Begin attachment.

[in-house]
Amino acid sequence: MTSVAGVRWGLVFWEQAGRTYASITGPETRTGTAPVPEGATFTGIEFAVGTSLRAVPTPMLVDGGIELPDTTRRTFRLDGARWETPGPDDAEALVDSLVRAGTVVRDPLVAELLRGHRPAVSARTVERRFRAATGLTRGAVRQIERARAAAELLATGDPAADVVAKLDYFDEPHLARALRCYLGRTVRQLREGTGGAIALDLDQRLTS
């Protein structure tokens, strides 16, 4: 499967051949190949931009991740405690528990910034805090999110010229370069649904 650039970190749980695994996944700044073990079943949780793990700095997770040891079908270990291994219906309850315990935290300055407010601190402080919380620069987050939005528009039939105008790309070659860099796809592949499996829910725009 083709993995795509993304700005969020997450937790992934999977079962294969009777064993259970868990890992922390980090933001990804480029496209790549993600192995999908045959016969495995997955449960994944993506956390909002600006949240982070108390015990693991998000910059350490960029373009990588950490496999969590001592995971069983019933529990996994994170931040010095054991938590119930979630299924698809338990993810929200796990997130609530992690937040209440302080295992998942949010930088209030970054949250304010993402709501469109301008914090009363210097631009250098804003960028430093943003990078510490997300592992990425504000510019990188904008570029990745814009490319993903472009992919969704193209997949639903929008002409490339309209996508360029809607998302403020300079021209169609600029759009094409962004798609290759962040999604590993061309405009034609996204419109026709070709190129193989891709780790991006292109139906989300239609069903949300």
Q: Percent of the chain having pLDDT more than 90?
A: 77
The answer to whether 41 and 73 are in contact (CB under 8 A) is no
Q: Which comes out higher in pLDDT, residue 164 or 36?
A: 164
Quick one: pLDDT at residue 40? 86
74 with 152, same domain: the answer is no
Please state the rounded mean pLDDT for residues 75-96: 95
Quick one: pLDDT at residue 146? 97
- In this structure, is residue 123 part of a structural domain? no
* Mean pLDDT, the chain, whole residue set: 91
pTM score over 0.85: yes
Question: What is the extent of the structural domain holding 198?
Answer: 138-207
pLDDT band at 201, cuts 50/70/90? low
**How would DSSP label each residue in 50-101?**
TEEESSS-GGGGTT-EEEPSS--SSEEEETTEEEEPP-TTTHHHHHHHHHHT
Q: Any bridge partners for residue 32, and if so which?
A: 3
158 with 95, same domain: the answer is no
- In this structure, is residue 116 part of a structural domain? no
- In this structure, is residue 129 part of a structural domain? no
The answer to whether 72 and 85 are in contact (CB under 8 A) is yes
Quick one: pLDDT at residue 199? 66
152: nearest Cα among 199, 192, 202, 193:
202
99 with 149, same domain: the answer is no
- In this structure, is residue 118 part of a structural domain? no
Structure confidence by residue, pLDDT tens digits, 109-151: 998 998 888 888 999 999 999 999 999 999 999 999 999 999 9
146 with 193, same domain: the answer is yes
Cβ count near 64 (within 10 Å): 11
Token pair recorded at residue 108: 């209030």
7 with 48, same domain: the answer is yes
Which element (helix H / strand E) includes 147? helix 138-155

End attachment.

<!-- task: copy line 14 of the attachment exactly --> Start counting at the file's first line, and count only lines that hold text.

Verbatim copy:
* Mean pLDDT, the chain, whole residue set: 91